Engaging School Leaders in a Culture of Learning
Lesson Objective: Shift the cognitive load to the learner in purposeful ways
All Grades / All Subjects / Instruction

Thought starters

  1. What does Sarah mean when she says the "cognitive load must shift to the learner"?
  2. How can administrators and teacher leaders begin to practice this instructional model?
  3. Notice how the elements of this model are consciously embedded into learning opportunities.?
7 Comments
Engaging School Leaders in a Culture of Learning is an strong example of how principals can transform their schools into collaborative learning centers of excellence. The principal needs to be a strong instructional leader, learning side-by-side with staff and moving into the classroom, being vulnerable with his/her own teaching. This in turn builds trust with the teachers and creates a community of learners. Many times professional learning involves providing input for teachers and then expecting them to utilize it in the classroom with positive outcomes for students. We need to remember the instructional model (Fisher) incorporating the" I do" (new information) with a focus on the "We do or guided practice" without penalty then move to the independent practice of teaching in the classroom. Then discussing outcomes of the lesson in professional learning teams of which the principal is a member. So often I have seen principals focus on designing professional development then turning it over to a presenter and leaving the room to do paperwork in their office. The teachers certainly notice this and feel a "them and us mentality". This can create a negative school climate causing the teachers to disengage and not take the professional development seriously. It is imperative that leaders are learners with their staff if the school is going to advance with improved instruction and stronger student outcomes.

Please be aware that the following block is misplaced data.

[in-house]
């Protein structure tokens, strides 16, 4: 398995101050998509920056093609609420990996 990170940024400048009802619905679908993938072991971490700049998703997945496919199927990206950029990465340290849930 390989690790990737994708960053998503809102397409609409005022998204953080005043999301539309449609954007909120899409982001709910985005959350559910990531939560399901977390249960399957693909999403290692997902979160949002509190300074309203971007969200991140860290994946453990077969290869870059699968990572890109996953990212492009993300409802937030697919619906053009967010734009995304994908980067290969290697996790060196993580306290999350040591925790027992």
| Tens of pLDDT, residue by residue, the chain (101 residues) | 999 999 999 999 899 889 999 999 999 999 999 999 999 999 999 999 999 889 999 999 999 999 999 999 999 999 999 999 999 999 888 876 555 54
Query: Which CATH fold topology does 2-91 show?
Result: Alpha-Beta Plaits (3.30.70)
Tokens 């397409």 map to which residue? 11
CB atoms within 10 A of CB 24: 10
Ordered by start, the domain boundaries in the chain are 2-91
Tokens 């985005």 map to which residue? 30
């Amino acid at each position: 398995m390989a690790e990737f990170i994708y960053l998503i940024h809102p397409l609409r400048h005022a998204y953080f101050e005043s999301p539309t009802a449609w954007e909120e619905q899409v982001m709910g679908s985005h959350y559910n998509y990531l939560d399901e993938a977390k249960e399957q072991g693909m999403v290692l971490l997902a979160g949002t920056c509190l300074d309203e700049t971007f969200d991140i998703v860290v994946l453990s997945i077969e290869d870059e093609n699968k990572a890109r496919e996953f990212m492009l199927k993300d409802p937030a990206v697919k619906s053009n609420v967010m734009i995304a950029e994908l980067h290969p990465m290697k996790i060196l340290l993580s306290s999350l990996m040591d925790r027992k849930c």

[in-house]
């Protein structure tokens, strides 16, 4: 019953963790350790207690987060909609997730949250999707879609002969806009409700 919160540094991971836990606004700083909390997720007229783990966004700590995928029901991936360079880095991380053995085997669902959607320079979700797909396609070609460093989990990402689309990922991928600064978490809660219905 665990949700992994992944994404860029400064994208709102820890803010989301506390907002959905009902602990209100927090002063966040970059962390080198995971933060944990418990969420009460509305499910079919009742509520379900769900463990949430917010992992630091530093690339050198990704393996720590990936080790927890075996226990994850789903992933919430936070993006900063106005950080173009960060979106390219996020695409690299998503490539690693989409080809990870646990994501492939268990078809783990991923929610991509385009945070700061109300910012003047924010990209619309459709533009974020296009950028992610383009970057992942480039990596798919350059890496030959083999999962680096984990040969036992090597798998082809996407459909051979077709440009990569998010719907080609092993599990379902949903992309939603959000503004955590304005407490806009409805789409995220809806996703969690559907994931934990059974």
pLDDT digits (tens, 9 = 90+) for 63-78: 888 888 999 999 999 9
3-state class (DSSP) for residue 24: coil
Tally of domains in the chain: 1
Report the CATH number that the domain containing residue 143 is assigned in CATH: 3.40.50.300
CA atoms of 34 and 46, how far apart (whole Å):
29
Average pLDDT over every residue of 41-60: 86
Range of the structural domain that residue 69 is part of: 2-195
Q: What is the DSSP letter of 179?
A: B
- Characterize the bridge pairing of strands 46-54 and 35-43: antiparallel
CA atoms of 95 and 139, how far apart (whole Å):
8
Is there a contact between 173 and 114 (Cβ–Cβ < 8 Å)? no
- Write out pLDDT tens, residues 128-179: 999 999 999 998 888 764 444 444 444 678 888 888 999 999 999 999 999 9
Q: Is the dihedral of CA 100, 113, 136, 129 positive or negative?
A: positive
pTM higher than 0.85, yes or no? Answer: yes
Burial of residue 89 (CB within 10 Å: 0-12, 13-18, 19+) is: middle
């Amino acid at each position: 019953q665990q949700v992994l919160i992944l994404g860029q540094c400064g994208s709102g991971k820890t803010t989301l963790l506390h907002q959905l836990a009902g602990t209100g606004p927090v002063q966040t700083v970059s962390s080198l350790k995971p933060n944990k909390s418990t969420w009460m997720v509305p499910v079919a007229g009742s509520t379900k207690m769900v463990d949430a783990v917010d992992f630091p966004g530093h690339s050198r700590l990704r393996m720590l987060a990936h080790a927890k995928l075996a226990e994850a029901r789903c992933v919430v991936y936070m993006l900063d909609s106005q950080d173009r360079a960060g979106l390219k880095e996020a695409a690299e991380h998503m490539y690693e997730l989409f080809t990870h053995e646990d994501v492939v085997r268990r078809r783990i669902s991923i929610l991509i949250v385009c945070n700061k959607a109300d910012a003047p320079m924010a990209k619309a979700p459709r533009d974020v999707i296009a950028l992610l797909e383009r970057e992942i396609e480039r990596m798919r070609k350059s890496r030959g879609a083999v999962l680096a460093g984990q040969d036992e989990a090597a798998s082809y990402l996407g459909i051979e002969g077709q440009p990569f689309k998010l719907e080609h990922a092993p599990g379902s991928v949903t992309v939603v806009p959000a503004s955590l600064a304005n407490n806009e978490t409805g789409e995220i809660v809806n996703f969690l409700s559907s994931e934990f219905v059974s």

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Including administrators in the planning process, to me, would allow for greater perspective on the part of administrators with what's going on in the district/school. Teachers shouldn't be saddled, wholesale, with the burden of creating a learning centered environment. A shared responsibility among teachers and administrators creates continuity.
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I think she hit the nail on the head. Being a music teacher, literally all core subjects come into play. It's just a matter of bringing the idea to the attention of our administrators and more importantly our community. I'm not really seeing a contradiction of terms between what we teach and CC but like Ms. Wessling and other in the presentation said, it's a simple matter of creatively fitting our expertise and lesson planning into the given model.
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This is just in time learning for me! I believe that it is essential for a principal to provide focus and direction for the staff and equally important to engage them in the discussions necessary for understanding, implementation, and reflection.
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Wonderfully structured! Teacher led PD for administrators really shifts the dynamics of respect for skills in education. It also provides administrators a way to stay connected to what is happening in the class. In high school, two decades ago, our principal taught one senior class. This practice allowed her to connect with the student population and influenced how we saw ourselves as students.
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Transcripts

  • One half of my job this year is being with students in the morning, and then the other half is

    One half of my job this year is being with students in the morning, and then the other half is working with teachers and administrators in our district with the instructional model.

    Embracing this model is not about administrating the model, it’s not about managing the model, it’s about leading it.